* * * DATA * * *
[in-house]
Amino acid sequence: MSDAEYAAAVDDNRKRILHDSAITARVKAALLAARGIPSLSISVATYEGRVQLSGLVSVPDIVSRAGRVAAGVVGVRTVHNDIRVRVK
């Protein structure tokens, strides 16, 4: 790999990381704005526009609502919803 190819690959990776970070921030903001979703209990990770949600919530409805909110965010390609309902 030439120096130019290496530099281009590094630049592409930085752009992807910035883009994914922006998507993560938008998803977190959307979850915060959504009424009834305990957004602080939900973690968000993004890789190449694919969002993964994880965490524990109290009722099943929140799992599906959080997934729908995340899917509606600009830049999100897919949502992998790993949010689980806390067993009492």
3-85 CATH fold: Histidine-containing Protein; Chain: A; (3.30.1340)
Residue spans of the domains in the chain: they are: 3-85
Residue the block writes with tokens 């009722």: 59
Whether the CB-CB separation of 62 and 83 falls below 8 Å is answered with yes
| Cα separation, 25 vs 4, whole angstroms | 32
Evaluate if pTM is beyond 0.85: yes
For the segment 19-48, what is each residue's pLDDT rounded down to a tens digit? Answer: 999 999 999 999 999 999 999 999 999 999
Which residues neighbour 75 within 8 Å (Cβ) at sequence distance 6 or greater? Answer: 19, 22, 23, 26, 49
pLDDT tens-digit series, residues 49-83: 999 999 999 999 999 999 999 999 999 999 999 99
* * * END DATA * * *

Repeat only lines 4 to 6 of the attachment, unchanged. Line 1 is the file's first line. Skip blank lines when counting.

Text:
3-85 CATH fold: Histidine-containing Protein; Chain: A; (3.30.1340)
Residue spans of the domains in the chain: they are: 3-85
Residue the block writes with tokens 């009722």: 59